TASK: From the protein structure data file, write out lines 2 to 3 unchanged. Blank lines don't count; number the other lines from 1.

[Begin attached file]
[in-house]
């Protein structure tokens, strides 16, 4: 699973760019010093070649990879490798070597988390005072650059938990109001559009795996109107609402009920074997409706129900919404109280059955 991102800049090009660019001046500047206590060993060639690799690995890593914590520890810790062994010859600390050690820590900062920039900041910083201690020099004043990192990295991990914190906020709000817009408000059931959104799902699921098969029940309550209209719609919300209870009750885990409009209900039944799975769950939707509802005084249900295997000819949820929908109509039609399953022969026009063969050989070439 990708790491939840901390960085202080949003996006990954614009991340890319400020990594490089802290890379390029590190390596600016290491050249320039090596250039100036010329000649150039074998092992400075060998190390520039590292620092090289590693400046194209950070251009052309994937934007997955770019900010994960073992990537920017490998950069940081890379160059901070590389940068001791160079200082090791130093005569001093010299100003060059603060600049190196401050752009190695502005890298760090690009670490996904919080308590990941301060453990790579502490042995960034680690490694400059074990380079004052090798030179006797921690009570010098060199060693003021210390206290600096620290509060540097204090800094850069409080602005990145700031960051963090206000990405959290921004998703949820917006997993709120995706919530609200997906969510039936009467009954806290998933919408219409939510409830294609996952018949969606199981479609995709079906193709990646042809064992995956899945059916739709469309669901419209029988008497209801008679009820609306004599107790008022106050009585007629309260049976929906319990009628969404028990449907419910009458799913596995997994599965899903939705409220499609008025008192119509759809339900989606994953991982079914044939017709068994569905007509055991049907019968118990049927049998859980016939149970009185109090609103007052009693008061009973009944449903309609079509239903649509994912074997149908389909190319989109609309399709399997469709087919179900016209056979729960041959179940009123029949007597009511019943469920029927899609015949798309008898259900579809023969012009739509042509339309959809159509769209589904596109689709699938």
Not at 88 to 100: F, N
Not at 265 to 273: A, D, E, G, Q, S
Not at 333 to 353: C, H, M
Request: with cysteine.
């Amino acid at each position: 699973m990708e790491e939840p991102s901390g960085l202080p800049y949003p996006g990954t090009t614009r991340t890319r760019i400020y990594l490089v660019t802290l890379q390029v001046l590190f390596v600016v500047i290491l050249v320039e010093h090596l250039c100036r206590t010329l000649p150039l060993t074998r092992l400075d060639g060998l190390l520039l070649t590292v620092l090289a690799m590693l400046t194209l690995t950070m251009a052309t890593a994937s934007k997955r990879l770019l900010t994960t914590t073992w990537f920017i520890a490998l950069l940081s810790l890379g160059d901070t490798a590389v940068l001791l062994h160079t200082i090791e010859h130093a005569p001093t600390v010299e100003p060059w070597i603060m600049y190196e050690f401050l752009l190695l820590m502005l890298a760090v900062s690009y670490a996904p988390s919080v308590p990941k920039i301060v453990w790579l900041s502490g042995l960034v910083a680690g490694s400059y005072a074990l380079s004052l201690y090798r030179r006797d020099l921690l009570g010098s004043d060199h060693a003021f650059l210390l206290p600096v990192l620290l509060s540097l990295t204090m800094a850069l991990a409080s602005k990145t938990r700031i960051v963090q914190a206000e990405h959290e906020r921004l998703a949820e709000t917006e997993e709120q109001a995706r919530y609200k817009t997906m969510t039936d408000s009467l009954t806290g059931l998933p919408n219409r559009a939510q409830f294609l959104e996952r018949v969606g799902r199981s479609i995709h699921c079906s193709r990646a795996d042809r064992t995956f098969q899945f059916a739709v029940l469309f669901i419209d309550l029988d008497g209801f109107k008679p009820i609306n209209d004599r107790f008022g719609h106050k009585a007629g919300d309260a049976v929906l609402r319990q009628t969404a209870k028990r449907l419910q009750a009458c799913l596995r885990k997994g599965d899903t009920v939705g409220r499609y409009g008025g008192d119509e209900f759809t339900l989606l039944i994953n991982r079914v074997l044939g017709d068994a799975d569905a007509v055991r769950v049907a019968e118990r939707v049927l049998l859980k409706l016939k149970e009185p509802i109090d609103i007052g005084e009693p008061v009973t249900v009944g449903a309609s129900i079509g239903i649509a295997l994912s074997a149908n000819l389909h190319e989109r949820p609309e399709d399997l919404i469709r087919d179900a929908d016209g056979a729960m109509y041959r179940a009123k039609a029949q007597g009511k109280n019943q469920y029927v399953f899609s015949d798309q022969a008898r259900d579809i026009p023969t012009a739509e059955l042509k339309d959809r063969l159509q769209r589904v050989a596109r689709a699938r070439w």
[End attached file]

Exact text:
């Protein structure tokens, strides 16, 4: 699973760019010093070649990879490798070597988390005072650059938990109001559009795996109107609402009920074997409706129900919404109280059955 991102800049090009660019001046500047206590060993060639690799690995890593914590520890810790062994010859600390050690820590900062920039900041910083201690020099004043990192990295991990914190906020709000817009408000059931959104799902699921098969029940309550209209719609919300209870009750885990409009209900039944799975769950939707509802005084249900295997000819949820929908109509039609399953022969026009063969050989070439 990708790491939840901390960085202080949003996006990954614009991340890319400020990594490089802290890379390029590190390596600016290491050249320039090596250039100036010329000649150039074998092992400075060998190390520039590292620092090289590693400046194209950070251009052309994937934007997955770019900010994960073992990537920017490998950069940081890379160059901070590389940068001791160079200082090791130093005569001093010299100003060059603060600049190196401050752009190695502005890298760090690009670490996904919080308590990941301060453990790579502490042995960034680690490694400059074990380079004052090798030179006797921690009570010098060199060693003021210390206290600096620290509060540097204090800094850069409080602005990145700031960051963090206000990405959290921004998703949820917006997993709120995706919530609200997906969510039936009467009954806290998933919408219409939510409830294609996952018949969606199981479609995709079906193709990646042809064992995956899945059916739709469309669901419209029988008497209801008679009820609306004599107790008022106050009585007629309260049976929906319990009628969404028990449907419910009458799913596995997994599965899903939705409220499609008025008192119509759809339900989606994953991982079914044939017709068994569905007509055991049907019968118990049927049998859980016939149970009185109090609103007052009693008061009973009944449903309609079509239903649509994912074997149908389909190319989109609309399709399997469709087919179900016209056979729960041959179940009123029949007597009511019943469920029927899609015949798309008898259900579809023969012009739509042509339309959809159509769209589904596109689709699938």
Not at 88 to 100: F, N